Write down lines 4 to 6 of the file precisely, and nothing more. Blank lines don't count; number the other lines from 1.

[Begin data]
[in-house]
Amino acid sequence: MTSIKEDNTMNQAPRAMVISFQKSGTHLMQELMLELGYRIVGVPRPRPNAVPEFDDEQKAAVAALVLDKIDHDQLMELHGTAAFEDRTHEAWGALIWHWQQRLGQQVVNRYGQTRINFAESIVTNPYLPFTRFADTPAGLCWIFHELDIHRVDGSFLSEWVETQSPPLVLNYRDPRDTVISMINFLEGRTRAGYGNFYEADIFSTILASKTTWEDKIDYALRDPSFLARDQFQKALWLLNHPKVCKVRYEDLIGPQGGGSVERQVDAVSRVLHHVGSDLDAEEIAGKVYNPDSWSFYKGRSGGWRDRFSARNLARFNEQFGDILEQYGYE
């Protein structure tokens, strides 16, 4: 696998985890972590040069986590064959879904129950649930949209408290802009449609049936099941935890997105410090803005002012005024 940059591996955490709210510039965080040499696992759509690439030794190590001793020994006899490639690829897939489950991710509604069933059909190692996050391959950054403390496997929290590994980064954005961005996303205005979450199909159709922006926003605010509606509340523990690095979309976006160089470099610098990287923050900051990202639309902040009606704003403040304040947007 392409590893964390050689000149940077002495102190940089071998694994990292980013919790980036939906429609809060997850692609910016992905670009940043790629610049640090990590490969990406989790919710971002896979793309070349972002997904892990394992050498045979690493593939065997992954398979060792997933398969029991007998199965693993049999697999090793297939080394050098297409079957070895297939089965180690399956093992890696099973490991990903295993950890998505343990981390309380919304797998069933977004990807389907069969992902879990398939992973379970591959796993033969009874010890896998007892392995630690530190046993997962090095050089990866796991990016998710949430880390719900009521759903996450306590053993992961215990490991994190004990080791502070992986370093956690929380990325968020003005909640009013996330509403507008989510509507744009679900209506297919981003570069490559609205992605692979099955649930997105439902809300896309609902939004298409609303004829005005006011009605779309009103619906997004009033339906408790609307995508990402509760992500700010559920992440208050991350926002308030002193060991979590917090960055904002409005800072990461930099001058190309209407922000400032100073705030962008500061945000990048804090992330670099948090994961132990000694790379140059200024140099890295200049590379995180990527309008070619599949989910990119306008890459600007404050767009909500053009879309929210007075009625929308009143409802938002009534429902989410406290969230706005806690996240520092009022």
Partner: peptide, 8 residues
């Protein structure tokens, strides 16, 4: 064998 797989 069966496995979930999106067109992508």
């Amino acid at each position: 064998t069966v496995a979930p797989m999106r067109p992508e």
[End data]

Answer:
Partner: peptide, 8 residues
């Protein structure tokens, strides 16, 4: 064998 797989 069966496995979930999106067109992508």
């Amino acid at each position: 064998t069966v496995a979930p797989m999106r067109p992508e």